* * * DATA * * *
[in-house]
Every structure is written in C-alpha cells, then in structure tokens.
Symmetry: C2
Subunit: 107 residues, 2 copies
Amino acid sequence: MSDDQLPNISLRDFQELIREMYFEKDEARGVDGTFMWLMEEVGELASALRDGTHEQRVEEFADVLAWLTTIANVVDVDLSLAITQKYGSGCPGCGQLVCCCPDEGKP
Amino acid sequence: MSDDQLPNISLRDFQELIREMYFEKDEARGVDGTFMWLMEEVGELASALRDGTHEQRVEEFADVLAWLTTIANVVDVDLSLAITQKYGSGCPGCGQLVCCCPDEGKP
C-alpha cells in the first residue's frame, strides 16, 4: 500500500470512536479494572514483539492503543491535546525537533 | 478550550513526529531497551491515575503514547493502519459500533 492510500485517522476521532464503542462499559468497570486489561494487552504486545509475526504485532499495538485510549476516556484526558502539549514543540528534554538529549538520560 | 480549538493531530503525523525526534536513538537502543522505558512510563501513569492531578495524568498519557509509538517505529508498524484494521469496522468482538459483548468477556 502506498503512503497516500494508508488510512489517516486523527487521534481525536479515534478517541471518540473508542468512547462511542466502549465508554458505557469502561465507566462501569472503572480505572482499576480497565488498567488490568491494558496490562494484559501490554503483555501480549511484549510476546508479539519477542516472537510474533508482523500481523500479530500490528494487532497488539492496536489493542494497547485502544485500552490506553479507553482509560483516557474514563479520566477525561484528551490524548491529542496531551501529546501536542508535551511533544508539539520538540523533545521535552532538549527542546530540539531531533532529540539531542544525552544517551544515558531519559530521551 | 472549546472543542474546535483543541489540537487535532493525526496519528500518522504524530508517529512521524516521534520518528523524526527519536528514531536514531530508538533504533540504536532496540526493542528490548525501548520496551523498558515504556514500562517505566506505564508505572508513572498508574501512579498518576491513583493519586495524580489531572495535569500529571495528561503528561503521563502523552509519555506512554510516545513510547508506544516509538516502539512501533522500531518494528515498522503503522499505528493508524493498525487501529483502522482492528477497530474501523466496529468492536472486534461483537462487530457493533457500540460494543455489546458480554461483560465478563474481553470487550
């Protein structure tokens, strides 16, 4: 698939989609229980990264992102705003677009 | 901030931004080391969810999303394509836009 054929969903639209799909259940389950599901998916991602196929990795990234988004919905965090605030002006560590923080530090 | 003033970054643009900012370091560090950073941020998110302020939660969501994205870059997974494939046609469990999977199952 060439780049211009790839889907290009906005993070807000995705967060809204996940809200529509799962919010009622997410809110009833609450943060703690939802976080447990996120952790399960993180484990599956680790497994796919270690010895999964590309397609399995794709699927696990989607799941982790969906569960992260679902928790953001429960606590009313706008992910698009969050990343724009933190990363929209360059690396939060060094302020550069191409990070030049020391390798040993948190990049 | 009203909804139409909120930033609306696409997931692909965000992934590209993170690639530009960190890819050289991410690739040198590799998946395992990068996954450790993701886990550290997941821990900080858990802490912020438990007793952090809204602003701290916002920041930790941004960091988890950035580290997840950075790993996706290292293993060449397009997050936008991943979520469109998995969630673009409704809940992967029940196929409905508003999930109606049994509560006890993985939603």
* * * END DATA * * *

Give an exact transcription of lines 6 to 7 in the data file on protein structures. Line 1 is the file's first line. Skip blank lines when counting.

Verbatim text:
Amino acid sequence: MSDDQLPNISLRDFQELIREMYFEKDEARGVDGTFMWLMEEVGELASALRDGTHEQRVEEFADVLAWLTTIANVVDVDLSLAITQKYGSGCPGCGQLVCCCPDEGKP
C-alpha cells in the first residue's frame, strides 16, 4: 500500500470512536479494572514483539492503543491535546525537533 | 478550550513526529531497551491515575503514547493502519459500533 492510500485517522476521532464503542462499559468497570486489561494487552504486545509475526504485532499495538485510549476516556484526558502539549514543540528534554538529549538520560 | 480549538493531530503525523525526534536513538537502543522505558512510563501513569492531578495524568498519557509509538517505529508498524484494521469496522468482538459483548468477556 502506498503512503497516500494508508488510512489517516486523527487521534481525536479515534478517541471518540473508542468512547462511542466502549465508554458505557469502561465507566462501569472503572480505572482499576480497565488498567488490568491494558496490562494484559501490554503483555501480549511484549510476546508479539519477542516472537510474533508482523500481523500479530500490528494487532497488539492496536489493542494497547485502544485500552490506553479507553482509560483516557474514563479520566477525561484528551490524548491529542496531551501529546501536542508535551511533544508539539520538540523533545521535552532538549527542546530540539531531533532529540539531542544525552544517551544515558531519559530521551 | 472549546472543542474546535483543541489540537487535532493525526496519528500518522504524530508517529512521524516521534520518528523524526527519536528514531536514531530508538533504533540504536532496540526493542528490548525501548520496551523498558515504556514500562517505566506505564508505572508513572498508574501512579498518576491513583493519586495524580489531572495535569500529571495528561503528561503521563502523552509519555506512554510516545513510547508506544516509538516502539512501533522500531518494528515498522503503522499505528493508524493498525487501529483502522482492528477497530474501523466496529468492536472486534461483537462487530457493533457500540460494543455489546458480554461483560465478563474481553470487550